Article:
As students progress in grades, cohorts become more difficult. The district requires cloth face coverings for staff, volunteers, visitors and students in grades three through 12.

Pre-K through second grade students don’t need to wear a mask with their cohort, but do have to wear a mask on the bus, when mixing with grades three and higher, or in common areas with other cohorts or grades.

The district also has stepped up sanitizing to limit the spread of the new coronavirus.

So what happens when there is a COVID-19 case in school?

Despite all the precautions in place, Erkeneff said the district has plans in place for what happens in the event of a COVID-19 case in school.

If there is a COVID-19 case, Erkeneff said the school district will not identify the person testing positive due to privacy laws. People testing positive have the option to identify themselves.

Public health and the school nurses will handle the contact tracing, determining who in the school could have been exposed to the virus. Those people will be contacted and told to quarantine. Those exposed, or their parents or guardians, get to decide if they are tested for COVID-19.

“The best thing, if we have a positive case, is to have kindness and compassion,” Erkeneff said. “Everybody is going to be scared. It’s going to be a challenging time for that person and everybody else.

“People need to trust that public health or the school nurse will tell them if they need to quarantine. We won’t release names. That won’t come from the school district.”

The quicker, the better

Erkeneff said time is of the essence when a COVID-19 case is even suspected.

“If a child’s at home and suddenly gets symptoms and gets a test, parents should call the school nurse or the principal,” Erkeneff said. “Then they can already look at logging when the child has been with other children in the cohort or with staff.”

Time also is important if the test comes up positive.

“There’s no requirement they call the school, but we’re asking they do it for the safety of everybody involved,” Erkeneff said. “The fastest way to get the safest measures into place is to contact the nursing supervisor or the school nurse, then we work in confidence with public health.”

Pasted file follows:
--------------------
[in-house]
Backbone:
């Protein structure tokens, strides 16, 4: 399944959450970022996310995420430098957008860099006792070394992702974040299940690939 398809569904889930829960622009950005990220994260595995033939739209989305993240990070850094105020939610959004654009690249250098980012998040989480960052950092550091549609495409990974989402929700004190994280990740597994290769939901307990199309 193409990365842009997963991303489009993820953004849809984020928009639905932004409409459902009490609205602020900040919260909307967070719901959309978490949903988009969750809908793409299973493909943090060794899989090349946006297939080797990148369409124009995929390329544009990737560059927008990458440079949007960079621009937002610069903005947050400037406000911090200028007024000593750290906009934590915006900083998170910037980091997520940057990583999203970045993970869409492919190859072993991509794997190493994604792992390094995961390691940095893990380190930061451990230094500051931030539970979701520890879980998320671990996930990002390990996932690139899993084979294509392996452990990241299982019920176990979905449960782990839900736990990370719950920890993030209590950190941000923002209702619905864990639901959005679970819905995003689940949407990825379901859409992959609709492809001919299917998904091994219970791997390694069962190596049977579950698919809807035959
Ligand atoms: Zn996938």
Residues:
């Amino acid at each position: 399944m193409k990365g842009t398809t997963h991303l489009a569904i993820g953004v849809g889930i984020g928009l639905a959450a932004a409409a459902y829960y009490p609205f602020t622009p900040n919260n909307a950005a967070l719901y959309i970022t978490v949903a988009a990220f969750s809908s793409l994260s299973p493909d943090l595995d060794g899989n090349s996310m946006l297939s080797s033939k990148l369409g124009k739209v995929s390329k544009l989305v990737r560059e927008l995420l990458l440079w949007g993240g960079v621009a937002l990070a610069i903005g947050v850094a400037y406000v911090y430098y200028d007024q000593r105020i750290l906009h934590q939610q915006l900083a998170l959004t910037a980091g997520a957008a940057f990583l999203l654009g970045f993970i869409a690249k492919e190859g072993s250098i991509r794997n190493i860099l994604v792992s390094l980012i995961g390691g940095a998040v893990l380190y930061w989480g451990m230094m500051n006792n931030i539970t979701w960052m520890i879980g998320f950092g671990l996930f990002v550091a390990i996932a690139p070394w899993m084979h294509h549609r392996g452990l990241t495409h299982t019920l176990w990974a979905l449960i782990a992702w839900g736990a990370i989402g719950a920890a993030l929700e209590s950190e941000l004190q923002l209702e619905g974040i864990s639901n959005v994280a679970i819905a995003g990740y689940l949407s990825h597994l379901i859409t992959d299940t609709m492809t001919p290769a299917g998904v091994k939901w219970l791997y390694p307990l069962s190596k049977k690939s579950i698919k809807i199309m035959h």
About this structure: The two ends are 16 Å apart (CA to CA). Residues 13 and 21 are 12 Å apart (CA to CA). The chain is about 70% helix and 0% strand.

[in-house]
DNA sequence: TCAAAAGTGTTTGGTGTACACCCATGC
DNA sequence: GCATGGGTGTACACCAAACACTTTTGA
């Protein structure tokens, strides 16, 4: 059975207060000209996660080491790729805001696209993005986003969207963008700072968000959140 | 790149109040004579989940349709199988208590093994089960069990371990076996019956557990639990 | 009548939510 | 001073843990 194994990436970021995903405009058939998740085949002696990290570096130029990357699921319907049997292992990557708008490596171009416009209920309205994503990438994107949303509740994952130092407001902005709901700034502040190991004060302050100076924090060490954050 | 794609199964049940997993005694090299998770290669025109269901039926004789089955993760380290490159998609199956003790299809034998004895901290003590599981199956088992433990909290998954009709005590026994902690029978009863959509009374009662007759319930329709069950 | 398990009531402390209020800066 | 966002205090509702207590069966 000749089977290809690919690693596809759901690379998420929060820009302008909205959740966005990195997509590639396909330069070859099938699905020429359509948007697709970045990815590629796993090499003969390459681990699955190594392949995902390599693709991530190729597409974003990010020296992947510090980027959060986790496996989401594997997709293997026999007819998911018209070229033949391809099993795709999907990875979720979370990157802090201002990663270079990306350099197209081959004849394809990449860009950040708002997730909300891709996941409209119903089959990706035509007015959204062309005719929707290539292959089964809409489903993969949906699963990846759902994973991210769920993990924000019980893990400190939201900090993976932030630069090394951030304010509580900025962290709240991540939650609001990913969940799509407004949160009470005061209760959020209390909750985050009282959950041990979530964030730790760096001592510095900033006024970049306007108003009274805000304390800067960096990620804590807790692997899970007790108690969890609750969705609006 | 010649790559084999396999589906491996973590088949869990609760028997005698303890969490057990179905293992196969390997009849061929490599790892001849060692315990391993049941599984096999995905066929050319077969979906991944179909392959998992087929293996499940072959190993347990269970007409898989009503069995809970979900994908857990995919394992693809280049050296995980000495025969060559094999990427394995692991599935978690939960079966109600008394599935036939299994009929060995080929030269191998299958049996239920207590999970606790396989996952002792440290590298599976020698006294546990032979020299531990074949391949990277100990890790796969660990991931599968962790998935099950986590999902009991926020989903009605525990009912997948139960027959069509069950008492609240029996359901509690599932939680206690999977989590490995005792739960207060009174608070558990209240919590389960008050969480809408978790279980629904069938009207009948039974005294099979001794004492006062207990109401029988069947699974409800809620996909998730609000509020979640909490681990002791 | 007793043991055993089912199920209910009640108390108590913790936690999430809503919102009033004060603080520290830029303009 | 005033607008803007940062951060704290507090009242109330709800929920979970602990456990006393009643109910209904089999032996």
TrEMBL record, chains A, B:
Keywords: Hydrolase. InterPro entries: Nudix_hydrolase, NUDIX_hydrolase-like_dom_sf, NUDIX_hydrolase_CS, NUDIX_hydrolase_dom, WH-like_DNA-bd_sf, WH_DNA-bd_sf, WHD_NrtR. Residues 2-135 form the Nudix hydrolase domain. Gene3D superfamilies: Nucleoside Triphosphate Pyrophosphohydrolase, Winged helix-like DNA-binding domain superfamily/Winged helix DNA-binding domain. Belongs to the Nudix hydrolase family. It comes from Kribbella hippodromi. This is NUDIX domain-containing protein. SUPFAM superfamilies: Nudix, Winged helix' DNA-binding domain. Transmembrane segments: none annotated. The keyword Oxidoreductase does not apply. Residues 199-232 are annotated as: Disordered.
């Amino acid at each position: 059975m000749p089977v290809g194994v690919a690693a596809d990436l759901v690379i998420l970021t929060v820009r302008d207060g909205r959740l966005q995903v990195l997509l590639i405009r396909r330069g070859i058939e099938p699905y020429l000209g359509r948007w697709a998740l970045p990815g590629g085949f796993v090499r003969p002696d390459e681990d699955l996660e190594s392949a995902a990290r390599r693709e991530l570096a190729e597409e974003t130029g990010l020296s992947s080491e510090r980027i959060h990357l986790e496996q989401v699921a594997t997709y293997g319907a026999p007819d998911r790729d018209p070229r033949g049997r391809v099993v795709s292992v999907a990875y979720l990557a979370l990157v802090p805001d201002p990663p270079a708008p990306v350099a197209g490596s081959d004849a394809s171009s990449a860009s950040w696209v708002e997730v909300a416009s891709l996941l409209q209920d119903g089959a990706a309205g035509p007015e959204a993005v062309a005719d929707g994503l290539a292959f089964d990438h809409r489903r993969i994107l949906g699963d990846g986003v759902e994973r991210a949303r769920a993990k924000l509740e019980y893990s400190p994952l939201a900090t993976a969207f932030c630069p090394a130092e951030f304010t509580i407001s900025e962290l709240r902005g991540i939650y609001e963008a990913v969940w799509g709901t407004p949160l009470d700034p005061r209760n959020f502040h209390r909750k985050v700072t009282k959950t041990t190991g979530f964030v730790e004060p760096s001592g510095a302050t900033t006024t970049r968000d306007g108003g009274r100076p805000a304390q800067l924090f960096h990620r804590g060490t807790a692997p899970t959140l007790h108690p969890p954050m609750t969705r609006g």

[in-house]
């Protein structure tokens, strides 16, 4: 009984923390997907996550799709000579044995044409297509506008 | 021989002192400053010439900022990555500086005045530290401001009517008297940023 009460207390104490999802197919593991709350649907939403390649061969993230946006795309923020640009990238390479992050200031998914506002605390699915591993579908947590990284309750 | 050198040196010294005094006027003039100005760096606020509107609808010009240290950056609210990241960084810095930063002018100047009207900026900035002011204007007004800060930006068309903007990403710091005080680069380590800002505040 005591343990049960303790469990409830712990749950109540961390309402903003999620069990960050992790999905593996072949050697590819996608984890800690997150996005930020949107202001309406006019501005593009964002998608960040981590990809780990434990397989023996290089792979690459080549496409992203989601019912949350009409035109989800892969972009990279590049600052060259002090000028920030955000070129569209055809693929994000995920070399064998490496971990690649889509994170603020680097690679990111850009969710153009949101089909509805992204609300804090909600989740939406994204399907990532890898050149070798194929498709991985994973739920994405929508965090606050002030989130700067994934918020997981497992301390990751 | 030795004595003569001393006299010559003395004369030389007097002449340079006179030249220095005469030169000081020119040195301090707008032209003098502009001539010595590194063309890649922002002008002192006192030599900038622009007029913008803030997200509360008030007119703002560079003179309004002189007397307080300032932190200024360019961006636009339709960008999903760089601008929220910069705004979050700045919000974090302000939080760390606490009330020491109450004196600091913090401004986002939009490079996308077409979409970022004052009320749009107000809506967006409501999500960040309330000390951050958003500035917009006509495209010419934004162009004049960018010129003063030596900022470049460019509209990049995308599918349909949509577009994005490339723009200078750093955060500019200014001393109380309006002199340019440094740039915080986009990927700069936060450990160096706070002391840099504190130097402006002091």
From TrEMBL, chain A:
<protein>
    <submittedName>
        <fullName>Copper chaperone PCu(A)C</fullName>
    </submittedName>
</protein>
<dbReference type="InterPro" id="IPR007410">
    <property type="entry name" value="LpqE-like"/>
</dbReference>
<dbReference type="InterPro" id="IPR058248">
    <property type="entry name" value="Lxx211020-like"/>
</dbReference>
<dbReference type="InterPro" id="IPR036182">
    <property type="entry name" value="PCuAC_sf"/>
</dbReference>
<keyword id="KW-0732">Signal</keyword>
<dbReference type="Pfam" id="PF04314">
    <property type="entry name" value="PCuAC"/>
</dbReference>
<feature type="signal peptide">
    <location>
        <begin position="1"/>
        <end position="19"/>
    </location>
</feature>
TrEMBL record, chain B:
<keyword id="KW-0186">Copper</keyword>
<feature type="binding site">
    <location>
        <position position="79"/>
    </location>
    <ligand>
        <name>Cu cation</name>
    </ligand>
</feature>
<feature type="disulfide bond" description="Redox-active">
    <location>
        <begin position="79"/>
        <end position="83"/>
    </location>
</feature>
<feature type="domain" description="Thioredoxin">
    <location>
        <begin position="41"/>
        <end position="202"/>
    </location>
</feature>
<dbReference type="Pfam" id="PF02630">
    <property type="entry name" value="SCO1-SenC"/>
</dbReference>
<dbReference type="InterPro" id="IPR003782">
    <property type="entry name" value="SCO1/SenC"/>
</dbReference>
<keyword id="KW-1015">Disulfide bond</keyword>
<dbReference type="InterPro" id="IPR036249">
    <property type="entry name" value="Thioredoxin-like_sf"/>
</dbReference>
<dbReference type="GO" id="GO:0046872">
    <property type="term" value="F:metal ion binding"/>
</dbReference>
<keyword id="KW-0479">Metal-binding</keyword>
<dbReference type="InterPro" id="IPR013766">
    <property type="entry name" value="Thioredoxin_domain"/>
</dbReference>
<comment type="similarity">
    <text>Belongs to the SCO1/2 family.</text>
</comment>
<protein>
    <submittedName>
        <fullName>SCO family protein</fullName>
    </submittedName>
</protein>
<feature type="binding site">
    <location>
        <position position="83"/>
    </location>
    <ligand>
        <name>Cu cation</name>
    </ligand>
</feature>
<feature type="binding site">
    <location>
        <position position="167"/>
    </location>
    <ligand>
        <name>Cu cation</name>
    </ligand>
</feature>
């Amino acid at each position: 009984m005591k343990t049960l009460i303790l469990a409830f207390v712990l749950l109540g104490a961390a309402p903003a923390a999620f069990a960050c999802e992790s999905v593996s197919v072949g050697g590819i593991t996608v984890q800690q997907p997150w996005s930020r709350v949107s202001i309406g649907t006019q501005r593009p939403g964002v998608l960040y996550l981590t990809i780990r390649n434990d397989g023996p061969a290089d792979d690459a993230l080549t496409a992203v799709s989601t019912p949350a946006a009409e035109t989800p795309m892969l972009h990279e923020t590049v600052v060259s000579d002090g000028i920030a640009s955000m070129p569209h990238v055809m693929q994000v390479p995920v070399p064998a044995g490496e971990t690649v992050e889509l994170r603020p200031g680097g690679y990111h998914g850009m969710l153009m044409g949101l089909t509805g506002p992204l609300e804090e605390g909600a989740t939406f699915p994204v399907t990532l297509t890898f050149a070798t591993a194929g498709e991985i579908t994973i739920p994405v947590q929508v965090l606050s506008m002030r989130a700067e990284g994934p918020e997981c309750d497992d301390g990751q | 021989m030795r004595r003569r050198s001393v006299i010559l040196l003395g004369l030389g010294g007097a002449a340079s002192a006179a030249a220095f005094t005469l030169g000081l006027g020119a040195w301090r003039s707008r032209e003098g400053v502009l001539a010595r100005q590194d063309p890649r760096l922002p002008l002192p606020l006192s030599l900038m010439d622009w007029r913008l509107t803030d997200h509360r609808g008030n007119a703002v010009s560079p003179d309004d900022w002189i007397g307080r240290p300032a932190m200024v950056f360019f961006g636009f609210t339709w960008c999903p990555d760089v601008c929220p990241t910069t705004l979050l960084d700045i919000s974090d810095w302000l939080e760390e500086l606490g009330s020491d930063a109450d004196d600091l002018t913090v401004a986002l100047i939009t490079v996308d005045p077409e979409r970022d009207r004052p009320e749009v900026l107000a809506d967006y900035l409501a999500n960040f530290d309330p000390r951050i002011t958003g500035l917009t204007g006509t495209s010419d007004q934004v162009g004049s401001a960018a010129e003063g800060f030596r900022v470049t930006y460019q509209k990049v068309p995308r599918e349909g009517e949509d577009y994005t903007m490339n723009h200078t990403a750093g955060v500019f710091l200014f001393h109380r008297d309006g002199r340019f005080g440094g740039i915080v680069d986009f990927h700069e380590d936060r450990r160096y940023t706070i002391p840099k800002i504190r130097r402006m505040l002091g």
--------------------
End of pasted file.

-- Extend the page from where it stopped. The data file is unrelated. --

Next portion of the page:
Erkeneff said the district has given a form to parents and guardians allowing public health to directly contact Iris Wertz, KPBSD nursing supervisor, with news of a positive case. Erkeneff said 93% of students have returned the form and more are still coming in.

Erkeneff said valuable time can be lost in the process of the positive case going to public health, then public health notifying Wertz. That’s why Erkeneff said it’s best for parents or guardians to keep the school apprised of a test, then notify the school immediately of results of that test.

“The sooner we know, the more we can start contact tracing who was in the building, who has been exposed, then being asking people to quarantine,” Erkeneff said.

Erkeneff said the time it takes tests to come back also is important. According to the Alaska Department of Health and Social Services Coronavirus Response Hub, the 14-day average testing turnaround time at state public health laboratories is currently 2.7 days.

The matrix

In addition to working with Wertz, public health, school nurses, the district medical advisory team and administrators, the district also has put a matrix in place to spell out what happens in a number of scenarios in the event of a positive test.

“It gives us a good framework. What if this happens? This is the response and this is the reason we’re doing it,” Erkeneff said.

The matrix has five different scenarios for a positive COVID-19 case in schools. The matrix spells out the response in each of those scenarios and the reason for the response.

An example is a positive case having little or no time in a school, with the result being no building closure and communication indicating there is no risk.

At the opposite end of the spectrum is more than one case in multiple schools in a one- to three-day period of time where transmission in a school is possible or suspected. Depending on what contact tracing shows, the response here can be as severe as triggering 100% remote learning.

The matrix is available on the district’s website.

“The biggest thing is trusting the matrix and working with the health advisory group and public health,” Erkeneff said. “The district is not doing this on its own.”